Such children could suffer a problem with processing their sensory messages. Children, therefore, cannot respond correctly to the messages they get and are therefore different from the normal.
They need specialized help, one kind of therapy being swings.
Different Types of Therapy Swings for Special Needs
According to therapists, sensory integration therapy for kids with special needs should be what the child wants. So, it is up to the child to choose the kind of swing that he or she feels comfortable in. Some love to enjoy the feeling of having squeezes, hugs and a lot of muscle pressure.
It has been found that therapy swings made of spandex material are beneficial for kids as it gives them a hug and some movement too. In fact, by using this kind of swing, children could improve in their ability to pay attention and have better focus.
If some kids are low in energy and are found to be dull and sleepy, they could benefit by having a swing that provides for movement in several directions. A good example of this is the tire swing.
For someone trying to buy the best swing for a child, consulting an occupational therapist is the best way out. He will provide a complete sensory profile of the child since their sensory needs keep changing according to different times of the day and from sense to sense.
Choosing the Right Swing for Special Needs
When a child can process messages regarding balance, it means he's using his sense of sight and posture and maintaining proper balance, moving, planning his moves, staying calm and exhibiting normal behavior.
According to occupational and physical therapists, swinging is essential to special needs kids because this can help them dip into the inner ear’s power that gives the body its balance.
The swing has been a tool of therapy for kids suffering from Sensory Processing Disorder (SPD), Autism Spectrum Disorder (ASD), Attention Deficit Hyperactivity Disorder (ADHD) and general Developmental Delay.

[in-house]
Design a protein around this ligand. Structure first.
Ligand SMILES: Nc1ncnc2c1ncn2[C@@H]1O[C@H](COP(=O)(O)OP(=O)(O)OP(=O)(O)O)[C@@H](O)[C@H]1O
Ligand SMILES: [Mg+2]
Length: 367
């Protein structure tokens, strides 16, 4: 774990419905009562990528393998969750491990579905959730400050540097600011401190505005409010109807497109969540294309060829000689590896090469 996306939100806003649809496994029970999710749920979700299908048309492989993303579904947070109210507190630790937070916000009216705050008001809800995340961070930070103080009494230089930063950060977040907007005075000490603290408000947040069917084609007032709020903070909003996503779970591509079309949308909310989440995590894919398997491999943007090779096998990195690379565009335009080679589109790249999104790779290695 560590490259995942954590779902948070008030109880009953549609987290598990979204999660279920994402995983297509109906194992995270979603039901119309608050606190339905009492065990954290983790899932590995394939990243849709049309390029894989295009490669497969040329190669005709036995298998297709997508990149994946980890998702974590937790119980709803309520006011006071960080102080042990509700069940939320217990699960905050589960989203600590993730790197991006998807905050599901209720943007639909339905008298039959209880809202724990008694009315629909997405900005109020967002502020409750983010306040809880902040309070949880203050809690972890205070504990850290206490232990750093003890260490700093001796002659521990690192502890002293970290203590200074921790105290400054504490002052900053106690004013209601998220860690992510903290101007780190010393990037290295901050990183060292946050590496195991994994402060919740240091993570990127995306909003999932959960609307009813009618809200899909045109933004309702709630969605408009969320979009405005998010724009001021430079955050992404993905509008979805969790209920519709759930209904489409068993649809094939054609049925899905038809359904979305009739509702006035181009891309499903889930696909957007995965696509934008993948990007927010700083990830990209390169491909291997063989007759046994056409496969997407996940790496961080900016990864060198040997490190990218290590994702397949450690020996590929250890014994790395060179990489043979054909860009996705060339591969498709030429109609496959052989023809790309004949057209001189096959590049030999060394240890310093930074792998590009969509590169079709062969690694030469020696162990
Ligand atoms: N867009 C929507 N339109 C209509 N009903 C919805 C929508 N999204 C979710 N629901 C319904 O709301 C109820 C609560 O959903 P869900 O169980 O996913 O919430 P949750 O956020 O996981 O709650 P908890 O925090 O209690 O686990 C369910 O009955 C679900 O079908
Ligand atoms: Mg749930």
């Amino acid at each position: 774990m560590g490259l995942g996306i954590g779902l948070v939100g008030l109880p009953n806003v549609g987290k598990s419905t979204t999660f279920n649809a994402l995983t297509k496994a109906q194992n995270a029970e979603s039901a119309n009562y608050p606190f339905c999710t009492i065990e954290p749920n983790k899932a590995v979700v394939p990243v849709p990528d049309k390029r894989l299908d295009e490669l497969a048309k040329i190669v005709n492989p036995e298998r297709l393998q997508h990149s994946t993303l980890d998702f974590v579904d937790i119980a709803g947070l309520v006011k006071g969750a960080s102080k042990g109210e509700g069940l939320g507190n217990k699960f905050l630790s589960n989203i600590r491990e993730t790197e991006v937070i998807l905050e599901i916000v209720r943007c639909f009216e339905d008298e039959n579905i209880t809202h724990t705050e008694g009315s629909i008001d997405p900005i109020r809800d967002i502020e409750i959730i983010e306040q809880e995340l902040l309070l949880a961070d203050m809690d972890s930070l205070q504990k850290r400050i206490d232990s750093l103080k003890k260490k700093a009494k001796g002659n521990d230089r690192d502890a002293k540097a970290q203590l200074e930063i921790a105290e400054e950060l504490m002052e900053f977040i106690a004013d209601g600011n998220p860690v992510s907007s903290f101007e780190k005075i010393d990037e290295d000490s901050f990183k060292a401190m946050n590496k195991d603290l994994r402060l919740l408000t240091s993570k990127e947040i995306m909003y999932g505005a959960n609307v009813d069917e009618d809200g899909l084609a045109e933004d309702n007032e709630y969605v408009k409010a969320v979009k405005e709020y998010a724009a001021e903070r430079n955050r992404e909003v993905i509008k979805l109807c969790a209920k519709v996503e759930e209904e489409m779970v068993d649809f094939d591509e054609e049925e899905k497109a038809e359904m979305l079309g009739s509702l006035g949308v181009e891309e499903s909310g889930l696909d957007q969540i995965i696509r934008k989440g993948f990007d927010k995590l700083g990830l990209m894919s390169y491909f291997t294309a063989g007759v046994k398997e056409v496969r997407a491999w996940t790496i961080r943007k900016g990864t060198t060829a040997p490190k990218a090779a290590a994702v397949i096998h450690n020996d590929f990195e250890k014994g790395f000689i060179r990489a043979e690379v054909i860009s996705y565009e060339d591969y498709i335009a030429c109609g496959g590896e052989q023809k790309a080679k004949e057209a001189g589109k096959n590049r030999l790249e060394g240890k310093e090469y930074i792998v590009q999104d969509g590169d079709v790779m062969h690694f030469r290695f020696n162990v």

Factors to Look For When Choosing a Swing
If you’re looking for a swing for your special needs kid, these are some factors to bear in mind when choosing one:
1. Does it provide linear rocking?
Though the ultimate choice of a swing for your kid with special needs depends on his sensory system, yet a lot also depends on the linear rocking movement the swing may provide. This movement is generally considered calming for the child and, hence, is preferred.
A swing with circular movement is very stimulating for the child. If a swing is to be placed in a classroom or in a study zone, a swing with gentle rocking is ideal.
2. Your Child Can Benefit from Dynamic Movement
Some children lack the necessary practice with balance or a good posture. There may be others who don't respond well to issues relating to balance.
These problems can be eased by using a swing that provides them with a lot of dynamic movement like the Moon Swing which comes with a well-developed procedure for use.
3. Is Your Child’s Spatial Sense Low?
Perhaps, you’ve found that your child’s awareness of his body and his spatial knowledge are wanting. He obviously needs deep touch pressure to help his joint receptors and muscles to function well.
A swing like the Cocoon Swing or even the Cuddle Swing might be right for him as they could calm him down and normalize his behavior.
4. Choose a Flat-Base Swing for Motor Tasks
For children to have good eye-hand coordination and to excel in motor skills, having a flat-base swing is good.
With this, your child can develop his motor skills, such as sitting, standing, kneeling or lying on his stomach, etc. The swings ideal for these tasks are the Soft Ride Glider or the Platform Swing.
5. Get the Right Hardware for Safe Installation
Be sure you have the proper hardware and installation instructions for all ceiling mounted or stand along swing frames.
Swing hardware and frames should be inspected regularly for signs of wear. Adult supervision is recommended for all swing activities.
Benefits of Swings with Special Needs
Children who suffer from autism and SPD cannot process sensory information the way others do.
This means that they constantly get sensory information which they don’t know how to handle. This frightens them to the extent that even walking becomes difficult because they don’t know the mechanism involved in walking.
Enrolling to a swing therapy course helps such individuals to retain and filter out sensory data efficiently.
How it works:
By attempting to create a normal environment, swing introduces the necessary sensory information the child requires. With this, the child improves in many ways.
Here are the many benefits that special needs swings bring to children:
1. Balance, motor skills and coordination
Children between two and four years of age learn to pump as they swing. Though this may mean tough work for them, yet they learn trunk and stomach control and to keep to time.
Sensory swings also help enhance coordination and balance. Children who have trouble with processing data related to balance don’t know how to move around in their surroundings.